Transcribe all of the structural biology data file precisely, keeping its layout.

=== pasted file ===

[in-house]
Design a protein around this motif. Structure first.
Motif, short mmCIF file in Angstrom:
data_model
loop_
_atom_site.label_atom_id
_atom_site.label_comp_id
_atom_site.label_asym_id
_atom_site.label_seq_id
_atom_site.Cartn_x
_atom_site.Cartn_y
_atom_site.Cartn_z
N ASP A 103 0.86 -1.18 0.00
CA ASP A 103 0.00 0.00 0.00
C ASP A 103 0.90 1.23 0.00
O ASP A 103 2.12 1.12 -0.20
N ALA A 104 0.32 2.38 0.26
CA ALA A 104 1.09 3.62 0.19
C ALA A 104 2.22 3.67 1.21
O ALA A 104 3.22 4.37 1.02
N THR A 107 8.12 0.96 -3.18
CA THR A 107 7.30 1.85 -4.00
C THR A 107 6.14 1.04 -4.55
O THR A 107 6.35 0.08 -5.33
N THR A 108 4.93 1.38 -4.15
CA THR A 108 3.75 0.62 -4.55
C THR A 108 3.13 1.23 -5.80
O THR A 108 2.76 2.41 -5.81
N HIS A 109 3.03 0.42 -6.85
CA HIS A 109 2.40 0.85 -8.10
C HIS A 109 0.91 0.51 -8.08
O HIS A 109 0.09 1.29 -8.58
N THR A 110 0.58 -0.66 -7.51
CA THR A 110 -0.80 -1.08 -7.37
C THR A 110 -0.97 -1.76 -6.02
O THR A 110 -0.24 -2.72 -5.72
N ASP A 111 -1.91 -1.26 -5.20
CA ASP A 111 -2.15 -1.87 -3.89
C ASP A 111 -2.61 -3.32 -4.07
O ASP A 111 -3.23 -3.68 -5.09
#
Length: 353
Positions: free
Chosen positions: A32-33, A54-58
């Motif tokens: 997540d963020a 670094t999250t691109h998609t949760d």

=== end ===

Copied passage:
[in-house]
Design a protein around this motif. Structure first.
Motif, short mmCIF file in Angstrom:
data_model
loop_
_atom_site.label_atom_id
_atom_site.label_comp_id
_atom_site.label_asym_id
_atom_site.label_seq_id
_atom_site.Cartn_x
_atom_site.Cartn_y
_atom_site.Cartn_z
N ASP A 103 0.86 -1.18 0.00
CA ASP A 103 0.00 0.00 0.00
C ASP A 103 0.90 1.23 0.00
O ASP A 103 2.12 1.12 -0.20
N ALA A 104 0.32 2.38 0.26
CA ALA A 104 1.09 3.62 0.19
C ALA A 104 2.22 3.67 1.21
O ALA A 104 3.22 4.37 1.02
N THR A 107 8.12 0.96 -3.18
CA THR A 107 7.30 1.85 -4.00
C THR A 107 6.14 1.04 -4.55
O THR A 107 6.35 0.08 -5.33
N THR A 108 4.93 1.38 -4.15
CA THR A 108 3.75 0.62 -4.55
C THR A 108 3.13 1.23 -5.80
O THR A 108 2.76 2.41 -5.81
N HIS A 109 3.03 0.42 -6.85
CA HIS A 109 2.40 0.85 -8.10
C HIS A 109 0.91 0.51 -8.08
O HIS A 109 0.09 1.29 -8.58
N THR A 110 0.58 -0.66 -7.51
CA THR A 110 -0.80 -1.08 -7.37
C THR A 110 -0.97 -1.76 -6.02
O THR A 110 -0.24 -2.72 -5.72
N ASP A 111 -1.91 -1.26 -5.20
CA ASP A 111 -2.15 -1.87 -3.89
C ASP A 111 -2.61 -3.32 -4.07
O ASP A 111 -3.23 -3.68 -5.09
#
Length: 353
Positions: free
Chosen positions: A32-33, A54-58
């Motif tokens: 997540d963020a 670094t999250t691109h998609t949760d």